Citizens responsible for watching how government works

As multiple elected and appointed officials appeared on television, stepping out of a bus in handcuffs, I was ashamed and outraged. At the same time, I also was reminded how important it is for the public to participate in government.

It isn’t enough just to vote. We also have to hold government officials accountable and to demand transparency. We have to become government watchdogs if we are to prevent corruption of such scale in the future.

Regardless of individual political ideology, we need to demand that our many governmental bodies give adequate notice of proposed actions, hold open meetings and give the public time to comment, as well as make public records easily accessible.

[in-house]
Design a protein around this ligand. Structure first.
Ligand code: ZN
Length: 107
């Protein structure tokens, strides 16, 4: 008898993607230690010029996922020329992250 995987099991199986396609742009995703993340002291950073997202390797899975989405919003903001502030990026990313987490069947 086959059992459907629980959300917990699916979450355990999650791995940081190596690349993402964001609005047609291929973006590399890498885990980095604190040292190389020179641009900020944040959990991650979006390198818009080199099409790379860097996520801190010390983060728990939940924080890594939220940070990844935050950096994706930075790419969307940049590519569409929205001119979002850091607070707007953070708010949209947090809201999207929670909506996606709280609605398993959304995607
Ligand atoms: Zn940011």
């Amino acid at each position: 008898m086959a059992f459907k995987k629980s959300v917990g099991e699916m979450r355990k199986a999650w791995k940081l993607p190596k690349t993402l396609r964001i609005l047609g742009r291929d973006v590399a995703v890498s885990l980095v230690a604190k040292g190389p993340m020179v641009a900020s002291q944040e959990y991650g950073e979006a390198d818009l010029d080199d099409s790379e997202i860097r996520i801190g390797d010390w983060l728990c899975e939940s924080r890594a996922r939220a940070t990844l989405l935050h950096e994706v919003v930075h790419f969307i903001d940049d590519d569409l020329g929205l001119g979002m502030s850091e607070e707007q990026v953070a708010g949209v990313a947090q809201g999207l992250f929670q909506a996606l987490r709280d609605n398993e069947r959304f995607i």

Government business, on all levels, needs to be conducted out in the open, in front of the citizens it serves.

Holding public officials accountable entails becoming informed about the issues they have before them, attending meetings, and questioning officials. We need to remind them that the people they serve are looking over their shoulders, meeting after meeting. It is our right and our duty.

Scrutiny helps keep public officials honest. It obligates them to explain the reasoning behind the decisions they make, clearly state their intentions, divulge all pertinent information, and actually serve the public good. True citizen involvement and oversight would prevent a lot of corruption from ever taking place.

With so many officials arrested, and another round of arrests rumored to be coming soon, where does this leave New Jersey citizens? Still feeling ashamed and outraged, yes, but hopefully also committed to becoming more proactive and watchful, forcing our officials to stand in the light and conduct business honestly.

Corruption cannot be rooted out completely, but with citizen involvement we can keep it from consuming our state.

Anne Maiese

President League of Women Voters

of New Jersey